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Painting a Mercury Cyclone Spoiler or Sproiler II

I have heard the question asked on many occasions how did the factory paint the two tone colors on the Mercury Spoiler/Spoiler II cars? This usually comes after someone has removed all the paint, smoothed out the body and suddenly realizes they are not sure how and where the two colors are divided. Today, we are going attempt to answer a lot of those questions but first a little background for you Talladega guys and gals.

As most of you likely know by now, Mercury built two special Cyclones in 1969. One was a Dan Gurney version and the other was a Cale Yarborough version. These were called the Cyclone Spoilers. The Gurney car was blue over white while the Yarborough car was red over white. To confuse things further in addition to the Spoiler versions there were the Spoiler II versions. These special cars had an extended aero nose much like that of the Ford Talladega.

As for painting the Spoiler or Spoiler II they are identical in their appearance from the windshield back. So what we give you here applies to both. The first thing to know is that the darker colors were applied before the white! If you run your fingernail over the line where the two colors meet on an original paint car it is easy to tell which color was applied last. your fingernail will quickly snag on the white edge of the paint going from dark color to white.

Almost everyone asks why this was done and I have never heard a documented answer. My thoughts are that it was easier to spray the top and the top of the trunk with blue or red paint; let it dry and mask it off. Then the process would be to paint everything else white. Any blue over spray would be quickly gone. Again, this is not fact just my thoughts.

Now for the measurements. Some of the photos I have provided are from original paint cars and some from restored cars based on dimensions taken from the original paint on that car. Remember these were built in a factory by humans and I am reasonably sure that when they masked the cars off they tried to do as good a job as possible but I am also reasonable sure there were variances from one car to another. I have even heard stories of original cars having stripes located differently from one side of the car to the other. I have also heard of the “name decals” being different from one side to the other as well as “Cale” decals on blue cars and :”Gurney” decals on red cars.

Because the color break on these paint schemes is on a curved portion of the body it is also very difficult to obtain accurate dimensions. If anyone has Factory Instructions on how these cars should be masked for painting I happily will replace this article with documented information!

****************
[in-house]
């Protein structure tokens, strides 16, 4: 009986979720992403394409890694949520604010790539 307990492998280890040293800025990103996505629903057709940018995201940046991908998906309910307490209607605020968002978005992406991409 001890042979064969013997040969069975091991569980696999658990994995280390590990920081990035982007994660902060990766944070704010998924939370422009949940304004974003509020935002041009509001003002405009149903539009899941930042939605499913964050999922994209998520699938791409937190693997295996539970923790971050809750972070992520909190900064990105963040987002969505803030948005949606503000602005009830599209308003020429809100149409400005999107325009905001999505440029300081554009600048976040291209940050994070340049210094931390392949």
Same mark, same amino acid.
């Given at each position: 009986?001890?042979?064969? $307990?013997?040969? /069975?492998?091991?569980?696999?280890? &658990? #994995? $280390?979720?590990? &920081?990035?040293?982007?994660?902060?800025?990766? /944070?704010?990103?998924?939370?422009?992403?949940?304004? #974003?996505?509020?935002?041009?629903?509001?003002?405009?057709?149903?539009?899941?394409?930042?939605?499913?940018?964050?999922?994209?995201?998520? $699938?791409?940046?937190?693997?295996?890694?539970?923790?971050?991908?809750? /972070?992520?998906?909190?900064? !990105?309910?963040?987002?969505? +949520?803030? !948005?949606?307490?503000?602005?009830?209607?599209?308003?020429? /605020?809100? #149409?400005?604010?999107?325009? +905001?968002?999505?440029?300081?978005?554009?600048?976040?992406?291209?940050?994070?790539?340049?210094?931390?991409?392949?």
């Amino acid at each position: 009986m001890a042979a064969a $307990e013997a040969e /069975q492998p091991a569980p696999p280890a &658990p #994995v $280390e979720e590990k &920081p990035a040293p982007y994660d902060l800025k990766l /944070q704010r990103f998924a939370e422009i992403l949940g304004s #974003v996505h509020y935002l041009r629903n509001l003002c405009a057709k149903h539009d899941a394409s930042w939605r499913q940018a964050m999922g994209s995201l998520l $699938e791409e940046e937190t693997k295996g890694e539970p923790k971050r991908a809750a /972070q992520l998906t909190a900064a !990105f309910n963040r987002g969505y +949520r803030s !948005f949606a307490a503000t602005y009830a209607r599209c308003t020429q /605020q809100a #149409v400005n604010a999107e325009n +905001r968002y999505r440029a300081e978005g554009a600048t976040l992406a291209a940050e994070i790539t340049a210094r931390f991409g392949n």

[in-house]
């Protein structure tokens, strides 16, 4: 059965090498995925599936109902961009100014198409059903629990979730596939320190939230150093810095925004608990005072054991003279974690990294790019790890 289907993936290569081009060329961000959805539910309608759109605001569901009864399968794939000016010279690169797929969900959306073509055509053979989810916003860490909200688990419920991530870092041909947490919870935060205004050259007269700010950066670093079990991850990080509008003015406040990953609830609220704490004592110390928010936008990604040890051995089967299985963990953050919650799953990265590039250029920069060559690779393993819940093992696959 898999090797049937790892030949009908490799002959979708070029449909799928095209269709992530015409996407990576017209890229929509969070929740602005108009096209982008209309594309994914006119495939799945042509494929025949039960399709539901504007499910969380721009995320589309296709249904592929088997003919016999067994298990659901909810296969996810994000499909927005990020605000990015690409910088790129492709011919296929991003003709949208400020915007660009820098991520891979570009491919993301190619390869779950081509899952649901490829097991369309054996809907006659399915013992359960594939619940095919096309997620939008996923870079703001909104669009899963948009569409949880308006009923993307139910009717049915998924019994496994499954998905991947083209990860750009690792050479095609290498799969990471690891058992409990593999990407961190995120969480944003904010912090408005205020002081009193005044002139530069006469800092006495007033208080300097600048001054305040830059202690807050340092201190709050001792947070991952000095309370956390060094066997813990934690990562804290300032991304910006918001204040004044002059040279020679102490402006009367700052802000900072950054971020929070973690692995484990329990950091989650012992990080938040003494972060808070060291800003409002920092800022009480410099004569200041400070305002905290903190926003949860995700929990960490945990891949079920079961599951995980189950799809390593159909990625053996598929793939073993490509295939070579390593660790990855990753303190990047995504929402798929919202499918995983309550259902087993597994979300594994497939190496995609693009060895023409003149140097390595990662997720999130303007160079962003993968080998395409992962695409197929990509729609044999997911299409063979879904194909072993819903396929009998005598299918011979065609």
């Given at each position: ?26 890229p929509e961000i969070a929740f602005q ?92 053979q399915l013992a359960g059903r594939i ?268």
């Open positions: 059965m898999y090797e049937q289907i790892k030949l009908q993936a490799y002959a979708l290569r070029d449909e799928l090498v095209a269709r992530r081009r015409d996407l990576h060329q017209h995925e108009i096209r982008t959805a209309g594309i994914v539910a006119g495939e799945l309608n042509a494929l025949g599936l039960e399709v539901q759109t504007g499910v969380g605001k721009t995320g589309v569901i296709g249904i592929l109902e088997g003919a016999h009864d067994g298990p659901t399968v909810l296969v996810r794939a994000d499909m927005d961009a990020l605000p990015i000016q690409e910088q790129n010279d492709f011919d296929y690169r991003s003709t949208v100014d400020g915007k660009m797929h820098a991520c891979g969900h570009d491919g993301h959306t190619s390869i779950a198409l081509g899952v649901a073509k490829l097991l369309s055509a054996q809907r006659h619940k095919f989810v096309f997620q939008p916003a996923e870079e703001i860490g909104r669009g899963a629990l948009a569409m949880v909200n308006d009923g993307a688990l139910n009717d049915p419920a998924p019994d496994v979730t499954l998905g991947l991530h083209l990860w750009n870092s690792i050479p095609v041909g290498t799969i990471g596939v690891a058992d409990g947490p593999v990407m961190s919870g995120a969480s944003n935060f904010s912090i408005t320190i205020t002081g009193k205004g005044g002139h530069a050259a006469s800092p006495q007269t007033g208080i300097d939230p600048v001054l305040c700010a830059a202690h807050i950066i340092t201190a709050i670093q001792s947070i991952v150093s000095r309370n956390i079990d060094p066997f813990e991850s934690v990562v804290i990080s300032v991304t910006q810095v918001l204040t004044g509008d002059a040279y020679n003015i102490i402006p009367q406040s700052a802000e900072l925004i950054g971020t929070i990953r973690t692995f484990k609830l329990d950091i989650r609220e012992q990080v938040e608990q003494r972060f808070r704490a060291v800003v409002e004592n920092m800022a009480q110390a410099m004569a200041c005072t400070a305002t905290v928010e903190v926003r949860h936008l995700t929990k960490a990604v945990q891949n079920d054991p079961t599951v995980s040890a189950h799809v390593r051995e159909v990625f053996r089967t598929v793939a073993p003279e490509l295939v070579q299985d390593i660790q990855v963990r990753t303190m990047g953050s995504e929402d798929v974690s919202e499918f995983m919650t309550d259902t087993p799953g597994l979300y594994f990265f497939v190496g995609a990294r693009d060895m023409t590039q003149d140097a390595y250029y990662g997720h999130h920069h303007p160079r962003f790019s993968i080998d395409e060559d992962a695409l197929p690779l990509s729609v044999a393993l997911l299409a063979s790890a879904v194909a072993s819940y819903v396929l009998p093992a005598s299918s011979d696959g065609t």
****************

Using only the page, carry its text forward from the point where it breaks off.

Let’s Start at the Door Jamb

This seems like an easy place to get a measurement but is more difficult than it looks. The camera angle and that of the tape measure can be a little misleading. It is also helpful to just look at the image and where the line is located in relationship to the curved area of the fender/door jamb. This measurement shows the break line to be at a horizontal distance of 1 3/8″ from the inside edge of the jamb.

Next up is the front edge of the trunk

This measurement was taken 1 1/2″ down from the front edge of the trunk; at this location the line is 2 1/4″ from the edge of the trunk.

Connect the dots

If you sight down the line from the above trunk measurement to the one at the door jamb it should be a straight line. Also not  the break line inside the trunk lip. The white paint is brought up to within approximately 1/4″ of the outside body. This line is also not perfect and rather jagged on an original paint car.

Here is a closer view of the trunk break line. Note its location in relationship to the curve in the roof/fender blend line.

Here is the other side of the trunk for yet another perspective.

Rear of Trunk Lid

This line is 5′ from the edge of the trunk and is vertical not slanted.

Richard

Some of my first and strongest memories from my childhood relate to cars. I still remember when things happened based on what car I was driving at the time. I grew up and lived in Iowa for nearly 40 years before moving to Southern California and now live in Tennessee. I was a Corvette fanatic for years but then re-discovered vintage American Muscle. My wife, Katrina, and I decided we wanted to focus on unique and rare muscle cars. After a lot of research we fell in love with the Ford Blue Oval Aero Cars. These were only built in 1969 and and aerodynamics became an important part of winning races. The only purpose of these limited production cars was to win NASCAR races using the Boss 429 and 427 power plants complimented with a special, wind cheating, aerodynamic body. The Ford Talladega and Mercury Cyclone Spoiler II are terrific and historic cars. This site is devoted to these car and their owners past and present. We provide an Online Registry for recording the long term history and ownership of every remaining Talladega, Spoiler and Spoiler II.

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